The joys of Wexford for Aileen Lambert

Aileen Lambert


Aileen Lambert is very well known in singing circles throughout Ireland – both as an engaging performer, a diligent researcher and collector of songs, and as an effective facilitator of singing workshops in schools. Aileen also has a strong sense of place – having absorbed the local customs and traditions of her native county of Wexford, as exemplified in her most recent singing project, By Land and Sea, showcasing the songs of the village of Blackwater and its environs.

Aileen’s new album, The Wexford Lovers, features eleven tracks – seven with strong Wexford associations, three with references to Newfoundland and one, the title track, which connects both. Singing completely unaccompanied throughout, Aileen opens with My Hero from Bonny Carlow – one of many songs set against the backdrop of the Peninsular War between Britain and Napoleon’s France. While a version of the song was collected in Newfoundland and Aileen credits another great Wexford singer, Paddy Berry, as her immediate source, the song is generally attributed to the prolific nineteenth-century ballad-maker, John Sheil of Drogheda.

The Wexford Lovers – whose words were collected in New Ross in 1938 – tells the story of love transcending religious differences and parental disapproval. Aileen discovered the air during a visit to Newfoundland where she found the song being sung under the title, Willie Reilly. A poem by Winifred Letts, inspired by the Wexford coast, provides the lyrics for The Harbour to which Aileen has provided the music. The irregular metre of the poetry means that its adaptation as a song is challenging. Although the task may have been made easier with an instrumental accompaniment, Aileen’s commitment to the a capella form produces a song that, is slightly more demanding of the listener but certainly more melodic than the recitatives that frequently grace the Wexford Opera Festival.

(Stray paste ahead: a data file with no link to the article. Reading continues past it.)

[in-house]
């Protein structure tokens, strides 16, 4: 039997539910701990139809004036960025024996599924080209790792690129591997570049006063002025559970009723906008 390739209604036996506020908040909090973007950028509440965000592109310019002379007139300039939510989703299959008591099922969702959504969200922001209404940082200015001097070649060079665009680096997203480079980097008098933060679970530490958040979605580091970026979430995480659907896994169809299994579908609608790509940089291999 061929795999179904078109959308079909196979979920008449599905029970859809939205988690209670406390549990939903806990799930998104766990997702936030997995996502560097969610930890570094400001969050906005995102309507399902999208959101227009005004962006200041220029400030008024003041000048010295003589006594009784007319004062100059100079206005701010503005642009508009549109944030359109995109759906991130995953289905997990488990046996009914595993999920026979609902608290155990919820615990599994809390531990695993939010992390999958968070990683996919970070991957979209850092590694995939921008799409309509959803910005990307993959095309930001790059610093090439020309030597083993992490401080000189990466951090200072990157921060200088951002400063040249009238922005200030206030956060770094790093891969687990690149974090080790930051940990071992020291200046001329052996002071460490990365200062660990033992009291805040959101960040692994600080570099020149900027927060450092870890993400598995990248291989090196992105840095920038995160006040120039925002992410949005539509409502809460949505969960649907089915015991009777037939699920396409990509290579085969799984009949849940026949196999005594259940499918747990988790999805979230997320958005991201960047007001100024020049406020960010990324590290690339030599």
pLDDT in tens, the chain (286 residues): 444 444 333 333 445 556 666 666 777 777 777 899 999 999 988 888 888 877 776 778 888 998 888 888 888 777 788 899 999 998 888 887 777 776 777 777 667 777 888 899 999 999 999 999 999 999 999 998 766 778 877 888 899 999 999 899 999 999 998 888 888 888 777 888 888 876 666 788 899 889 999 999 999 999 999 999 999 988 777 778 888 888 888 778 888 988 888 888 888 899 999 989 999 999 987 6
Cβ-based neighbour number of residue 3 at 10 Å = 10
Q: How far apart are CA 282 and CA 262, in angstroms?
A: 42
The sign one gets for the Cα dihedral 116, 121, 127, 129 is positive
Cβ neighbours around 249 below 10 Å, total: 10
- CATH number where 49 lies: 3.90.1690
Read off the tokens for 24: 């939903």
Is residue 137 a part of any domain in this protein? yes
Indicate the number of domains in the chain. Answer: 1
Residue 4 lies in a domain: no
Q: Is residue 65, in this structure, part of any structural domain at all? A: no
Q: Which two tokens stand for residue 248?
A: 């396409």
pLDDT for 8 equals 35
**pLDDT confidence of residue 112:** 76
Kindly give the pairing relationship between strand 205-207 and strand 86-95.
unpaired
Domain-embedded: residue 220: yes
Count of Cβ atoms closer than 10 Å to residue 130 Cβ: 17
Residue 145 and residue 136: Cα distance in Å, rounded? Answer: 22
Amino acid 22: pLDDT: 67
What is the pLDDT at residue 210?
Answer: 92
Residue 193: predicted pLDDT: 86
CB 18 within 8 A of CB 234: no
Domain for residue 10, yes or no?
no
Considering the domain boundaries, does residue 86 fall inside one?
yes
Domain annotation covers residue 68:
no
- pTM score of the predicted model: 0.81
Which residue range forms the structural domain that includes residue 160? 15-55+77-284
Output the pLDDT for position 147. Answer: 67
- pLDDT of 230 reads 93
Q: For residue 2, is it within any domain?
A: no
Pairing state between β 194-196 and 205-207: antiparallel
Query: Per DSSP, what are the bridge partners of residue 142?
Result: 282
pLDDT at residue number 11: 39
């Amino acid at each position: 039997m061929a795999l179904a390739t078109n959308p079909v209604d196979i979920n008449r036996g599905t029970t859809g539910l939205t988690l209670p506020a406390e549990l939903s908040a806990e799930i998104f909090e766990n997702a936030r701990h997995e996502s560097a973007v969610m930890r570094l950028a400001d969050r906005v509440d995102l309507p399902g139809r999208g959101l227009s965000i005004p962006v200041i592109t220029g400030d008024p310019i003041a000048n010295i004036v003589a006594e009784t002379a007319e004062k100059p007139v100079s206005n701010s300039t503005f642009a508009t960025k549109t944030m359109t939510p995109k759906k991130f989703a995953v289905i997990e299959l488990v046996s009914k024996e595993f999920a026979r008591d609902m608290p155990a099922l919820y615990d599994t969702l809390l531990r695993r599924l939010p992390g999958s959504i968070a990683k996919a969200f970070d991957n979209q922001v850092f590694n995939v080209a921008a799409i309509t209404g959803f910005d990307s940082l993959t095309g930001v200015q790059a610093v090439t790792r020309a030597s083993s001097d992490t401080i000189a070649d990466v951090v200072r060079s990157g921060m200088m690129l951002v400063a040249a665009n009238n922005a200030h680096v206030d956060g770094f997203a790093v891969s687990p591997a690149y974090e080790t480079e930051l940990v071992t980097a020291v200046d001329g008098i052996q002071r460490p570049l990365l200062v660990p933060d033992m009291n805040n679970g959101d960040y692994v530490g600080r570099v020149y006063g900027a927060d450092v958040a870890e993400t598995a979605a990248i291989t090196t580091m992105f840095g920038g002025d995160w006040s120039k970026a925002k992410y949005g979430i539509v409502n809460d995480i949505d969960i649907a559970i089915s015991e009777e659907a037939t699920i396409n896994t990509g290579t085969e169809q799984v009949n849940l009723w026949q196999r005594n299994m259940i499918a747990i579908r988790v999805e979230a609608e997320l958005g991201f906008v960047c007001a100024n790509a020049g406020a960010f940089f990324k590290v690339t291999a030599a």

Jimmy Whalen – which was collected in Newfoundland – is a young woman’s lament for her drowned lover. Aileen’s beautiful rendition does justice to the poignant ballad. It is followed by the first of three songs written by Aileen’s husband, the folklorist Michael Fortune. The Maid of Glascarrig is inspired by the Roney Rock nearby with its association with the mythical sea creature, the selkie.

Commodore Barry, written by Irish-American poet, William Collins, to celebrate the Wexford-born “Father of the American Navy” was published in Songs of the Wexford Coast in 1948 without an accompanying tune. So Paddy Berry set it to the tune of The Belfast Shoemaker – which not only sounds like a natural fit but is also very well sung by Aileen Lambert.

The March to the North, written by Michael Fortune to a traditional air, commemorates the aftermath of the Battle of Vinegar Hill in 1798 when thousands of men and women from Wexford and Wicklow embarked on a perilous journey northwards to try to link up with United Irishmen in Antrim and Down. Once again Aileen delivers a peerless performance.

Another song from Newfoundland with an emigration theme, The Green Shores of Fogo, is said to have been composed by a sailor but as Aileen points out in the detailed liner notes that accompany the CD, the lyrics are very reminiscent of the Irish song, The Country I’m Leaving Behind.

The third Fortune composition, At the Back of the Hill, could have been inspired by MeToo or FairPlé, It is a ballad in the traditional form but with lyrics highlighting the virtues of a strong and independent woman with a cautionary refrain for all chauvinists in training: Let all you young men take a warning for you won’t be needed some day.

The final two songs, The Bold Sailor Boy, and The Bannow Mother’s Lament, return to two themes established earlier on the album: death at sea and emigration respectively. The Bold Sailor Boy is a variant of the song My Boy Willie, a recording of which, made in Newfoundland, is available in the Irish Traditional Music Archive. Aileen’s source for the song is the redoubtable Paddy Berry – who also supplied The Bannow Mother’s Lament, written by his grand uncle and first performed in 1916 during his play, The Hook in the Harvest.

The album succeeds -– not only as a valuable collection of lyrical artifacts of social history but also as an excellent showcase of a series of highly entertaining and well considered performances.

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